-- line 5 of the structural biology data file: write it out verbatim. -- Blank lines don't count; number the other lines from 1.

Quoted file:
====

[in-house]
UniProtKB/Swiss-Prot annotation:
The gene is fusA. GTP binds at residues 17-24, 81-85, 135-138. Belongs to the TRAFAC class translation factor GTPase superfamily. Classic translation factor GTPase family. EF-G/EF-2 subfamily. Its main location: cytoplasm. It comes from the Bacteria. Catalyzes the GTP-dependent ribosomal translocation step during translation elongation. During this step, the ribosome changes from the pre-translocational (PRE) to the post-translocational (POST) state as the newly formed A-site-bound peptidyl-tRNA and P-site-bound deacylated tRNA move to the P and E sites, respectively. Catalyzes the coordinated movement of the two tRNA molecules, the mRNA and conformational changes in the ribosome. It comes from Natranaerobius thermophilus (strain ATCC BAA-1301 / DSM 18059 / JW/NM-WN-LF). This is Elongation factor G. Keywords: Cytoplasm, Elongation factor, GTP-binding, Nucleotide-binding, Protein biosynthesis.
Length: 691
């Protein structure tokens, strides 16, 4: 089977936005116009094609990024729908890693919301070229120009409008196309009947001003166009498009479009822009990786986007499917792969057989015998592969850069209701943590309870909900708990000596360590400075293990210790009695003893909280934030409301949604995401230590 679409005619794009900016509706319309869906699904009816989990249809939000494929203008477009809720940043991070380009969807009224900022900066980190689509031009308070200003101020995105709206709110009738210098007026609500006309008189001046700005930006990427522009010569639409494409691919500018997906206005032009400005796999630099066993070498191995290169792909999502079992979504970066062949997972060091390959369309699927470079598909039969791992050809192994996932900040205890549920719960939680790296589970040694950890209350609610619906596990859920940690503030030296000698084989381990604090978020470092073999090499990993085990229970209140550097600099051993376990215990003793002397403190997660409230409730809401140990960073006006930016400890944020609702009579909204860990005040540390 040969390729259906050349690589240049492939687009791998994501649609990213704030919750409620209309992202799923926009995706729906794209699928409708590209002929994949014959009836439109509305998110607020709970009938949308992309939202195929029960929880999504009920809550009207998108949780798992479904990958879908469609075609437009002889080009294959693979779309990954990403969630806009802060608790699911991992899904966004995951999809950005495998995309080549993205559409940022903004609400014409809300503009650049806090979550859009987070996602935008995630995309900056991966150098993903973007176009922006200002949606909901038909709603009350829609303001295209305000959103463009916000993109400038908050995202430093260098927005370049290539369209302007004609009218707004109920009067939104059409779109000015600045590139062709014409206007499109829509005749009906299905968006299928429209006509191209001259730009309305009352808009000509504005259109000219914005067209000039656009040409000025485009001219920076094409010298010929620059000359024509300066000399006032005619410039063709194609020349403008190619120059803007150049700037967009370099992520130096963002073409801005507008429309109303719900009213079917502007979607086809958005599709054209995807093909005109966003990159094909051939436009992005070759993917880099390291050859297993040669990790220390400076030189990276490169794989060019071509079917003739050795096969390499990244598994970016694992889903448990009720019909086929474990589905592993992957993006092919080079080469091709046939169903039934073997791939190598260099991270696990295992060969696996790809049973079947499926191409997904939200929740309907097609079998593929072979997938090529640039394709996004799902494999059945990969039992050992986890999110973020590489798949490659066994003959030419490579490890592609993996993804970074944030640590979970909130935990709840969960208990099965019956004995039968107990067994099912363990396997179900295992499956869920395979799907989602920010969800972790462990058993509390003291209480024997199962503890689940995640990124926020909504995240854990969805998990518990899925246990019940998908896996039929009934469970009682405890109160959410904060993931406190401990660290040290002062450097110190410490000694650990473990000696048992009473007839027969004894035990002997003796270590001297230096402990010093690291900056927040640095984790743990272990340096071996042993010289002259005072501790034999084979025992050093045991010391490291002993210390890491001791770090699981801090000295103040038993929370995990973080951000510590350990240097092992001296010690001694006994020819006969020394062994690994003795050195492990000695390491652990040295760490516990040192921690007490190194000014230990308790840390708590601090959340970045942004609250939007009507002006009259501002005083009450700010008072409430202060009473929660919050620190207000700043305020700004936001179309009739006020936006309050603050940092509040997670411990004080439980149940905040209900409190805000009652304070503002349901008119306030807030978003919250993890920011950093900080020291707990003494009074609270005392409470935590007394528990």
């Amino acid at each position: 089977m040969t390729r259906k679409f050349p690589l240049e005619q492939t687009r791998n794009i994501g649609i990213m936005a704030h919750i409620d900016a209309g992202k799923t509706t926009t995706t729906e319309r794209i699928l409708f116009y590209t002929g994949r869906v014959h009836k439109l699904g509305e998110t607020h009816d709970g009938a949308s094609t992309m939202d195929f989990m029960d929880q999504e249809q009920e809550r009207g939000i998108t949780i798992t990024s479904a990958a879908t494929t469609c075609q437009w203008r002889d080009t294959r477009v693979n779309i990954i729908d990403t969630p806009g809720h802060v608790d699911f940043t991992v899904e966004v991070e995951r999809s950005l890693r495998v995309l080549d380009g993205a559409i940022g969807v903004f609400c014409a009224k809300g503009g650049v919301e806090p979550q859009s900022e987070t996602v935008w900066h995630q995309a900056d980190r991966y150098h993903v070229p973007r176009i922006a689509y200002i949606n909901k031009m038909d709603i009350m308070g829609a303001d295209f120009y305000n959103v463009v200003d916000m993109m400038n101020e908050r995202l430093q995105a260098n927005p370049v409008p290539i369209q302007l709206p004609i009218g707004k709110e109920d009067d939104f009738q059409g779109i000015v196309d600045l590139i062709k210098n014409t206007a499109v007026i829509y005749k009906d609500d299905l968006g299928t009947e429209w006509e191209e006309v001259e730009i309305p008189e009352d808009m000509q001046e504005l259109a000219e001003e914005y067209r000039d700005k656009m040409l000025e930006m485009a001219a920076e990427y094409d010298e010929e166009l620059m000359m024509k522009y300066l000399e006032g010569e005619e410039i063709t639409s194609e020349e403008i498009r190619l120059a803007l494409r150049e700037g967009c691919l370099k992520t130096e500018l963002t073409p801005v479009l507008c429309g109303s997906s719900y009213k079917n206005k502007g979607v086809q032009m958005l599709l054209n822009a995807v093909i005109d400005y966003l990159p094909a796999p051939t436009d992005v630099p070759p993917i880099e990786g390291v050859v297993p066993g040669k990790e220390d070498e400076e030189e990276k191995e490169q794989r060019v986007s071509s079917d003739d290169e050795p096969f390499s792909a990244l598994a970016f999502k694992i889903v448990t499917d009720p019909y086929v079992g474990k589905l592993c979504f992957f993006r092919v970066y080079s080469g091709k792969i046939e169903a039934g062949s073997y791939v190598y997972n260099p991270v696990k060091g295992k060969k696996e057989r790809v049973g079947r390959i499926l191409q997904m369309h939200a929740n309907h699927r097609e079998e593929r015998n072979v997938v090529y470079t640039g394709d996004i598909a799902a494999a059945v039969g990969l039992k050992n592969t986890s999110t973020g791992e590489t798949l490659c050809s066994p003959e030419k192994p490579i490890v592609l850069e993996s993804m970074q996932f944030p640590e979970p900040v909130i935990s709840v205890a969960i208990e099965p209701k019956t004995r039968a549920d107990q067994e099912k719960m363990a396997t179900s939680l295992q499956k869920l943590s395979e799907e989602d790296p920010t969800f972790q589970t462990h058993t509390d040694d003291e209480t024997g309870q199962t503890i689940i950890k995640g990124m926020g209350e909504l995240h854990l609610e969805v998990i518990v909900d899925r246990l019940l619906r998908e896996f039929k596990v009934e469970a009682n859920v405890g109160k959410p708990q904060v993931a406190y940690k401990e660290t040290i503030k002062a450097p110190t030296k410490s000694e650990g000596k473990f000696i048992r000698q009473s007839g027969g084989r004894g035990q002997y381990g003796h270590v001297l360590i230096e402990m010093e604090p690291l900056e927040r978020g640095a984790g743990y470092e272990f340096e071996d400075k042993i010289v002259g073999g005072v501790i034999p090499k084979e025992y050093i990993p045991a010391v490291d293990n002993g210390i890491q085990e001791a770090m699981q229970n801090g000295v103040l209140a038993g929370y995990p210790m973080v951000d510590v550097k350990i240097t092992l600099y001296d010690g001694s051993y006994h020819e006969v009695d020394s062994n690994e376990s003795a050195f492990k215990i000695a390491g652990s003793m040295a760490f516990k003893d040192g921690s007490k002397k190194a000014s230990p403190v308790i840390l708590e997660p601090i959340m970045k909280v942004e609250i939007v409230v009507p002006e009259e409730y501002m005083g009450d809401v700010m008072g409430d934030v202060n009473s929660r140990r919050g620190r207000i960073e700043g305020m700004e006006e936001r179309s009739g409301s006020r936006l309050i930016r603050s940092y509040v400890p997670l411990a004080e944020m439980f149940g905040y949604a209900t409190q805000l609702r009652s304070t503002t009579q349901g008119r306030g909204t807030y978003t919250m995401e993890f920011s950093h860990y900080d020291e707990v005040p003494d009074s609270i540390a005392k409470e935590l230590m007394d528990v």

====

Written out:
């Protein structure tokens, strides 16, 4: 089977936005116009094609990024729908890693919301070229120009409008196309009947001003166009498009479009822009990786986007499917792969057989015998592969850069209701943590309870909900708990000596360590400075293990210790009695003893909280934030409301949604995401230590 679409005619794009900016509706319309869906699904009816989990249809939000494929203008477009809720940043991070380009969807009224900022900066980190689509031009308070200003101020995105709206709110009738210098007026609500006309008189001046700005930006990427522009010569639409494409691919500018997906206005032009400005796999630099066993070498191995290169792909999502079992979504970066062949997972060091390959369309699927470079598909039969791992050809192994996932900040205890549920719960939680790296589970040694950890209350609610619906596990859920940690503030030296000698084989381990604090978020470092073999090499990993085990229970209140550097600099051993376990215990003793002397403190997660409230409730809401140990960073006006930016400890944020609702009579909204860990005040540390 040969390729259906050349690589240049492939687009791998994501649609990213704030919750409620209309992202799923926009995706729906794209699928409708590209002929994949014959009836439109509305998110607020709970009938949308992309939202195929029960929880999504009920809550009207998108949780798992479904990958879908469609075609437009002889080009294959693979779309990954990403969630806009802060608790699911991992899904966004995951999809950005495998995309080549993205559409940022903004609400014409809300503009650049806090979550859009987070996602935008995630995309900056991966150098993903973007176009922006200002949606909901038909709603009350829609303001295209305000959103463009916000993109400038908050995202430093260098927005370049290539369209302007004609009218707004109920009067939104059409779109000015600045590139062709014409206007499109829509005749009906299905968006299928429209006509191209001259730009309305009352808009000509504005259109000219914005067209000039656009040409000025485009001219920076094409010298010929620059000359024509300066000399006032005619410039063709194609020349403008190619120059803007150049700037967009370099992520130096963002073409801005507008429309109303719900009213079917502007979607086809958005599709054209995807093909005109966003990159094909051939436009992005070759993917880099390291050859297993040669990790220390400076030189990276490169794989060019071509079917003739050795096969390499990244598994970016694992889903448990009720019909086929474990589905592993992957993006092919080079080469091709046939169903039934073997791939190598260099991270696990295992060969696996790809049973079947499926191409997904939200929740309907097609079998593929072979997938090529640039394709996004799902494999059945990969039992050992986890999110973020590489798949490659066994003959030419490579490890592609993996993804970074944030640590979970909130935990709840969960208990099965019956004995039968107990067994099912363990396997179900295992499956869920395979799907989602920010969800972790462990058993509390003291209480024997199962503890689940995640990124926020909504995240854990969805998990518990899925246990019940998908896996039929009934469970009682405890109160959410904060993931406190401990660290040290002062450097110190410490000694650990473990000696048992009473007839027969004894035990002997003796270590001297230096402990010093690291900056927040640095984790743990272990340096071996042993010289002259005072501790034999084979025992050093045991010391490291002993210390890491001791770090699981801090000295103040038993929370995990973080951000510590350990240097092992001296010690001694006994020819006969020394062994690994003795050195492990000695390491652990040295760490516990040192921690007490190194000014230990308790840390708590601090959340970045942004609250939007009507002006009259501002005083009450700010008072409430202060009473929660919050620190207000700043305020700004936001179309009739006020936006309050603050940092509040997670411990004080439980149940905040209900409190805000009652304070503002349901008119306030807030978003919250993890920011950093900080020291707990003494009074609270005392409470935590007394528990």